Bay Area activists, fueled in part by the Occupy movement, have recently taken stands against police brutality, for the rights of the homeless, against the corporate power of banks, and much more. But, arguably, nowhere has the movement been more successful than in the fight against foreclosures and evictions.Read more »

Dick Meister: The IWW Legacy

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By Dick Meister

Dick Meister, former labor editor of the SF Chronicle and KQED-TV Newsroom, has covered labor and politics for more than a half-century. Contact him through his website, www.dickmeister.com, which includes more than 350 of his columns.

The Occupy Wall Street Movement and the other anti-capitalist forces of today could find no greater inspiration than the Industrial Workers of the World – the IWW, one of the most influential organizations in U.S. history, that was founded in Chicago in 1905 by a band of fiercely dedicated idealists.

The Wobblies, as they were called, battled against overwhelming odds. Their only real weapon was an utter refusal to compromise in a single-minded march toward a Utopia that pitted them against the combined forces of government and business. Read more »

Justin Vivian Bond talks Occupy Wall Street, the power of language, and the politics behind the music

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When Justin Vivian Bond was a little kid, v (more about that unique pronoun below) confidently wore Iced Watermelon lipstick to school and, inspired by feminist movements of the time, brandished a sign reading “Kids Lib!” Adults told the young Mx. Bond that these things were wrong, but v knew how right they felt, and represents for queer pride and radical poltics to this day. The writer, singer and activist is best known for v’s role as Kiki DuRane in Kiki and Herb, a drag cabaret show with partner Kenny Mellman. The show started in San Francisco and made it to Broadway, and was nominated for a 2007 Tony award. V's memoir Tango: My Childhood, Backwards and in High Heels was released this year (wherein Bond tells the lipstick story and a lot more about growing up gender-free). Bond is still touring and will be back in San Francisco Feb. 23, performing from v’s new album, Dendrophile. I talked with v about the upcoming concert, v’s recent performance at Occupy Wall Street, and how music can bring people together. Read more »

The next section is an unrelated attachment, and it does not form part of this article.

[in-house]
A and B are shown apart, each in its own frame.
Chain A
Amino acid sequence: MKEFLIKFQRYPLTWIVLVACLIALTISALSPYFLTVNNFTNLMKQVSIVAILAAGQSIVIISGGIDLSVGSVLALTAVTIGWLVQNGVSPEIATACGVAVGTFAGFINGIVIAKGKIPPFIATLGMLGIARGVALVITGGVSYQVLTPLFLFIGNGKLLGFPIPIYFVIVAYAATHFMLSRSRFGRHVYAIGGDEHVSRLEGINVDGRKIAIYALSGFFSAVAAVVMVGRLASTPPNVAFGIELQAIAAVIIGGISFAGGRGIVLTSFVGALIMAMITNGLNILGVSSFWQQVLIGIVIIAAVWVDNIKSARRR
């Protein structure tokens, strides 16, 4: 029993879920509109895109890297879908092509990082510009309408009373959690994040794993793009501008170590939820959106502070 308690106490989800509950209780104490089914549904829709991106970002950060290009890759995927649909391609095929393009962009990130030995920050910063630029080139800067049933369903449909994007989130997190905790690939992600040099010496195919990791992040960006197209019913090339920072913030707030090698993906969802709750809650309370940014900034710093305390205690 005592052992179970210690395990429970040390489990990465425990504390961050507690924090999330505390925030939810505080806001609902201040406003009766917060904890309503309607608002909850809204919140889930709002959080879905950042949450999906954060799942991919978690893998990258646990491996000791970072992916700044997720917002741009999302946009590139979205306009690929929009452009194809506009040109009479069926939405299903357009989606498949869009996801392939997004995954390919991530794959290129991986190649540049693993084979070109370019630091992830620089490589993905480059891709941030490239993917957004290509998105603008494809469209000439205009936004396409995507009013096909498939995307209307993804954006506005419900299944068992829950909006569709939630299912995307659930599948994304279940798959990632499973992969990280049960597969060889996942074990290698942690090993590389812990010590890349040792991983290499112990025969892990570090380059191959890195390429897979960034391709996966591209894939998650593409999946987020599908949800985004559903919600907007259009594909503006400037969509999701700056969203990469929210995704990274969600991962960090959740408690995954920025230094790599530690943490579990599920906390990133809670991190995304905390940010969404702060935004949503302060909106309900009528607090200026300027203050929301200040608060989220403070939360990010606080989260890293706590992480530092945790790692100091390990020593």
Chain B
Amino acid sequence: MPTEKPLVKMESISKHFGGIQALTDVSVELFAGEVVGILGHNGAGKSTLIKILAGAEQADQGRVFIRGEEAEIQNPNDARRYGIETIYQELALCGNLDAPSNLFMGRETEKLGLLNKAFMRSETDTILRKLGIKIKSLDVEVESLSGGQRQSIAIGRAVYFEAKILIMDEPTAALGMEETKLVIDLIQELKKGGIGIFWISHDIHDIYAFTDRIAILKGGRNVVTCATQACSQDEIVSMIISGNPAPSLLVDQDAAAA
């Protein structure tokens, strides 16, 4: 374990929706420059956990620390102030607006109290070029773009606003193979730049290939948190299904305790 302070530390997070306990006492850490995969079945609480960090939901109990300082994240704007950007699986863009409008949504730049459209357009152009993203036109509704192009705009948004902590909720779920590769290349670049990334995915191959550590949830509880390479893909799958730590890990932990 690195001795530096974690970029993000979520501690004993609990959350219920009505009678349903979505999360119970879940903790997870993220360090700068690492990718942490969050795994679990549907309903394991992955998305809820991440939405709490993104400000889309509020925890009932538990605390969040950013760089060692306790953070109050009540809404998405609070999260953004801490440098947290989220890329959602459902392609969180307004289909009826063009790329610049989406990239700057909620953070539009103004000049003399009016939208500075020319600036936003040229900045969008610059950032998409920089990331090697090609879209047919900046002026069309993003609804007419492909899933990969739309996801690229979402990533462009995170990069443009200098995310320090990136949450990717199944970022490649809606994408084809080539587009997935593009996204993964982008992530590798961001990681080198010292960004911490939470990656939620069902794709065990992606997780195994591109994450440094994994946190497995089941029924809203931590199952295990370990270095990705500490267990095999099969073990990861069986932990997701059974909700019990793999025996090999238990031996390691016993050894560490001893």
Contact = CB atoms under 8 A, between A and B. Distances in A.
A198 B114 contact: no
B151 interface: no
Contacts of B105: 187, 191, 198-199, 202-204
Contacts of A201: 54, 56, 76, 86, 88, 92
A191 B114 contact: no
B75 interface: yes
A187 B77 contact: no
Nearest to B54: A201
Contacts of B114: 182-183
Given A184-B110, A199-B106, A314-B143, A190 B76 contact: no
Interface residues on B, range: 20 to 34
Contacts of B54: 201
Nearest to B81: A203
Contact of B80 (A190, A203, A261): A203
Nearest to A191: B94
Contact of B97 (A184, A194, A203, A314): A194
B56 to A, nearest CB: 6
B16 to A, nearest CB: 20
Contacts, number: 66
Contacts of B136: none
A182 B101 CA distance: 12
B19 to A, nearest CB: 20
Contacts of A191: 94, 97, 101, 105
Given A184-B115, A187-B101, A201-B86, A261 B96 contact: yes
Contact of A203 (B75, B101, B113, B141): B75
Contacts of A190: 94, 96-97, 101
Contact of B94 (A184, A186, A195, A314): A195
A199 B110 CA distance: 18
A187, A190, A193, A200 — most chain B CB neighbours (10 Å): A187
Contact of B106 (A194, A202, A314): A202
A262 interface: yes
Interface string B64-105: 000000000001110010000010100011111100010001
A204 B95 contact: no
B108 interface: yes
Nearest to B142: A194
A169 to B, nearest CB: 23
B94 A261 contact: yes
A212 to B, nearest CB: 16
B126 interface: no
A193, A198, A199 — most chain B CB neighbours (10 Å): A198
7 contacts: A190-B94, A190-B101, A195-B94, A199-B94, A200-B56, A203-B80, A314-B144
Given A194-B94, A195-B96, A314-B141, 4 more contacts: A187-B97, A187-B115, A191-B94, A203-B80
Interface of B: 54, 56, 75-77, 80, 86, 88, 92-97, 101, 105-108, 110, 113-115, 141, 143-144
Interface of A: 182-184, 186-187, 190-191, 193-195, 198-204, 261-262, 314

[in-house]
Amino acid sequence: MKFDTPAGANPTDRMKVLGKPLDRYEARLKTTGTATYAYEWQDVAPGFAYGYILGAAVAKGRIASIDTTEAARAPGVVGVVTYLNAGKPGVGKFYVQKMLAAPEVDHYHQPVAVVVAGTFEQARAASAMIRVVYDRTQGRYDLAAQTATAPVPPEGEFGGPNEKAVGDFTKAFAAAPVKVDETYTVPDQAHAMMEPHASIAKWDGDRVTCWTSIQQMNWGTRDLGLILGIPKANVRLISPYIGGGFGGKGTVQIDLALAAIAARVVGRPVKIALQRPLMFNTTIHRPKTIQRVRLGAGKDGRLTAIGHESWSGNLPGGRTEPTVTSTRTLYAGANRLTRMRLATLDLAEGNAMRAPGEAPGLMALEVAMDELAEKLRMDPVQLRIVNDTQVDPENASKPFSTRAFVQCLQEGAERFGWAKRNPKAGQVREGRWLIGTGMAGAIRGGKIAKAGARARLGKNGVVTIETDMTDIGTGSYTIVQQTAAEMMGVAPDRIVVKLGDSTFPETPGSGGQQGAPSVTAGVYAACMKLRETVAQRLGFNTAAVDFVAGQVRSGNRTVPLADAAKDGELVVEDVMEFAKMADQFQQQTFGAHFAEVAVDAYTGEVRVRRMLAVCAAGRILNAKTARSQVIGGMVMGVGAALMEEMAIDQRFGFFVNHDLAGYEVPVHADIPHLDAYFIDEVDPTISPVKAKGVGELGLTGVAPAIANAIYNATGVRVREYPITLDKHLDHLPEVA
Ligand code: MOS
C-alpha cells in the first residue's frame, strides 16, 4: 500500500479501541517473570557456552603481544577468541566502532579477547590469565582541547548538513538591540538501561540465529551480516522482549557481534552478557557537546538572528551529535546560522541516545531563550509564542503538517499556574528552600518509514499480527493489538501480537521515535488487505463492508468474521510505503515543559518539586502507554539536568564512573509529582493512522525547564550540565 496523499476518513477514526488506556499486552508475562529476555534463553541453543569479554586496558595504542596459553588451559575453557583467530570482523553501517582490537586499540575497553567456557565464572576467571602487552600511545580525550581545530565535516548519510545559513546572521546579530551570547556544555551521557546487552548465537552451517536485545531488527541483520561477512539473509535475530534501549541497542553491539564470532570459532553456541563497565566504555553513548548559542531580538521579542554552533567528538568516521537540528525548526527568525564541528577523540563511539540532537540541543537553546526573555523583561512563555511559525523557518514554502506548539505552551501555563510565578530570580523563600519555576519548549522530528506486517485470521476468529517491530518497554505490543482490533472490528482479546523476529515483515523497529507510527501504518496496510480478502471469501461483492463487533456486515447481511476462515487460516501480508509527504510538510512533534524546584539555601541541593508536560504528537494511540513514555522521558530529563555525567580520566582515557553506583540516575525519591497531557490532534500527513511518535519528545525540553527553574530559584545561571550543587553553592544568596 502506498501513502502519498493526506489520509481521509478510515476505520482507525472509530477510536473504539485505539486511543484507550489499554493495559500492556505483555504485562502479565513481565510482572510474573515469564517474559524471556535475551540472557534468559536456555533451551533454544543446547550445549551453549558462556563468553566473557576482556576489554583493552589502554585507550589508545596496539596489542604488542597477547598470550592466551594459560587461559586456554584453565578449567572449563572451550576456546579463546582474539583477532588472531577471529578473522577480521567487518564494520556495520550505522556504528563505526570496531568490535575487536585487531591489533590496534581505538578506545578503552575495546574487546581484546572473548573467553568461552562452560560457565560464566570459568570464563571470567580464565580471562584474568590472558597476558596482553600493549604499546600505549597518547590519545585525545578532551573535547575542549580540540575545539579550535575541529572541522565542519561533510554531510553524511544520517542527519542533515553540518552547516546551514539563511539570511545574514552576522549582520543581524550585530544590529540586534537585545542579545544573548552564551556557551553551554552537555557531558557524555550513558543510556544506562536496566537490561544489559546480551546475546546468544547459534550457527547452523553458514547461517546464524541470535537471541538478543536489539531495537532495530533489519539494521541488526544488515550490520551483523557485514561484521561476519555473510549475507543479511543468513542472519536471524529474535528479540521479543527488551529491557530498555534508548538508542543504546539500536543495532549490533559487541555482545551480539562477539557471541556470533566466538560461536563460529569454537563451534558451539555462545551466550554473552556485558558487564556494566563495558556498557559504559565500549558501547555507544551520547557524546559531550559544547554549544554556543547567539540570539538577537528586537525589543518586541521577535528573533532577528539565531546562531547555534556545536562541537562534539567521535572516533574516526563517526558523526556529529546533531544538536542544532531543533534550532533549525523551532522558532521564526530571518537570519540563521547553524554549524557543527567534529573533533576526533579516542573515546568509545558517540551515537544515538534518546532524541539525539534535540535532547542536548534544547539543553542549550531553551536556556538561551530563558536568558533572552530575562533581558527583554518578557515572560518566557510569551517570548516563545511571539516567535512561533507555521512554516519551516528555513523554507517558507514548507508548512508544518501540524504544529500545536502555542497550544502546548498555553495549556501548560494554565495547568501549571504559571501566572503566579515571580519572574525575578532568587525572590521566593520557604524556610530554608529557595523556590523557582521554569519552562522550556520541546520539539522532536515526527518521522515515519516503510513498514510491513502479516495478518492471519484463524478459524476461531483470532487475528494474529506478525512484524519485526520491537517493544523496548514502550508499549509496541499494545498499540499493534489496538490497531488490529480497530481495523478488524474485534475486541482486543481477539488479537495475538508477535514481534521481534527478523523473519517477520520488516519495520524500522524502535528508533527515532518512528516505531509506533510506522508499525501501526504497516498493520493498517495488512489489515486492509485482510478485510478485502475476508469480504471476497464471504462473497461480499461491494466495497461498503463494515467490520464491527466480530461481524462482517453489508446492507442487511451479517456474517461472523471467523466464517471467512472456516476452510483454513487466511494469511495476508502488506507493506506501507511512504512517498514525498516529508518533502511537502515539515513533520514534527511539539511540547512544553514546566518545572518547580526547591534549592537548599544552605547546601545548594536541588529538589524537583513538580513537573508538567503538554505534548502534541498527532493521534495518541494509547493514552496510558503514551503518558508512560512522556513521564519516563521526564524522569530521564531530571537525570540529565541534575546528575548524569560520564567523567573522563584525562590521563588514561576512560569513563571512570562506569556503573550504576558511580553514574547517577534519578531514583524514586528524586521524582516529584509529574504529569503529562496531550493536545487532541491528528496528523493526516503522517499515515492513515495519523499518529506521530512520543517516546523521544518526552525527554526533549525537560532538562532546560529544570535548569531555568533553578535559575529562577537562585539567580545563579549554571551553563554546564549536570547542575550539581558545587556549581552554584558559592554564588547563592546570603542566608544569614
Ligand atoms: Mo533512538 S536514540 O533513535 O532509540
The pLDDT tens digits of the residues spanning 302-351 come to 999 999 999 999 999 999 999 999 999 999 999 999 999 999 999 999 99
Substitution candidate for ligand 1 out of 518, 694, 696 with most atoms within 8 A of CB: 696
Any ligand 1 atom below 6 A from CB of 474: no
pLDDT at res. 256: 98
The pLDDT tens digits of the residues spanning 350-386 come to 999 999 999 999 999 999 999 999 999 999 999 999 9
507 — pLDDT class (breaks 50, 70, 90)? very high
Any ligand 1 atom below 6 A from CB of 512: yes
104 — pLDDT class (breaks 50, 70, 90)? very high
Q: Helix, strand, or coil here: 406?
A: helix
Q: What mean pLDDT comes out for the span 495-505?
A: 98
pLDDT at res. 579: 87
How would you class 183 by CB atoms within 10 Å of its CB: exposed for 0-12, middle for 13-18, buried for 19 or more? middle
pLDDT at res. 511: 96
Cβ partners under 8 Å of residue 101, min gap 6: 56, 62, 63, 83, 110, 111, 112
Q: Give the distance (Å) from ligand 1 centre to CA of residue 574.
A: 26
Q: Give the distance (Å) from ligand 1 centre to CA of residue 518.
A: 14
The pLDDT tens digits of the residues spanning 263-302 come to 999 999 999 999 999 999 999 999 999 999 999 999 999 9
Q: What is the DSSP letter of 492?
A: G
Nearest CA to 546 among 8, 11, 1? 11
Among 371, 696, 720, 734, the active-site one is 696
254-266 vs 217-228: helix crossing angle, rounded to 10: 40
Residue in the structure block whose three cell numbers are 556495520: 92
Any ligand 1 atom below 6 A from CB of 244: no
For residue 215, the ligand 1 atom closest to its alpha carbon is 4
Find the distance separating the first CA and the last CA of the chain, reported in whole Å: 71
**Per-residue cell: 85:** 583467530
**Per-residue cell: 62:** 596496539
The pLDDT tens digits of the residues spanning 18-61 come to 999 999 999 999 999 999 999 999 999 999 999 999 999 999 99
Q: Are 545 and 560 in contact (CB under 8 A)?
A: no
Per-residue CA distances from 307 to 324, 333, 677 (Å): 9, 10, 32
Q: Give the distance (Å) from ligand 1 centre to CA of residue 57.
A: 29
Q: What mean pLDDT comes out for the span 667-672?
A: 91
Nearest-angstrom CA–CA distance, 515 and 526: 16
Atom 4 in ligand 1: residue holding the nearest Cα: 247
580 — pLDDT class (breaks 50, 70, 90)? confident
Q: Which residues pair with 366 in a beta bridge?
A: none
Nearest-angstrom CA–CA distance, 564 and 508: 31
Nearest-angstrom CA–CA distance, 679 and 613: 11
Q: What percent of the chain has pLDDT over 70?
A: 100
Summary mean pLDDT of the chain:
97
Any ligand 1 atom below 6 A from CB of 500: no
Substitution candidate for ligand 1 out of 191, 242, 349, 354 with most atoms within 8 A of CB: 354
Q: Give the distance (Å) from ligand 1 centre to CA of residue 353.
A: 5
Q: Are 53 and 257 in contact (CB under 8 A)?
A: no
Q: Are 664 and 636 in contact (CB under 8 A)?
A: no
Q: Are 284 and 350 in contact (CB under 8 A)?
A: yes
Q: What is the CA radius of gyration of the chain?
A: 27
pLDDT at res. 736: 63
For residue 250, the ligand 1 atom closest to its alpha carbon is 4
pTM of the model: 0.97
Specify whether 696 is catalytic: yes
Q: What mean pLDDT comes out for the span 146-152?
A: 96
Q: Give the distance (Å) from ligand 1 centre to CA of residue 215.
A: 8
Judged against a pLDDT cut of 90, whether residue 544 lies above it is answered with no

Valentine's Day dump the banks rally: If only all break-ups involved this much singing (VIDEO)

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Protesters across the country participated in "break up with your bank" day on Feb. 14. Several protesters happened throughout the Bay Area, including a demonstration organized by Causa Justa :: Just Cause, Occupy Bernal, Occupy SF Housing, and the San Francisco Tenants Union. Read more »

Hearing today on bizarre Occupy Oakland stay-away order case

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The first Occupy Oakland protester to allegedly be in violation of a stay-away order has a hearing today.

Joseph Briones, 30, was arrested along with 408 others at an Occupy Oakland protest Jan. 28. He is one of 12 who were apparently issued the restraining orders, and is therefore barred from being within 300 yards of Oakland City Hall, potentially for the next three years, according to Alameda County Deputy District Attorney Teresa Drenick. Read more »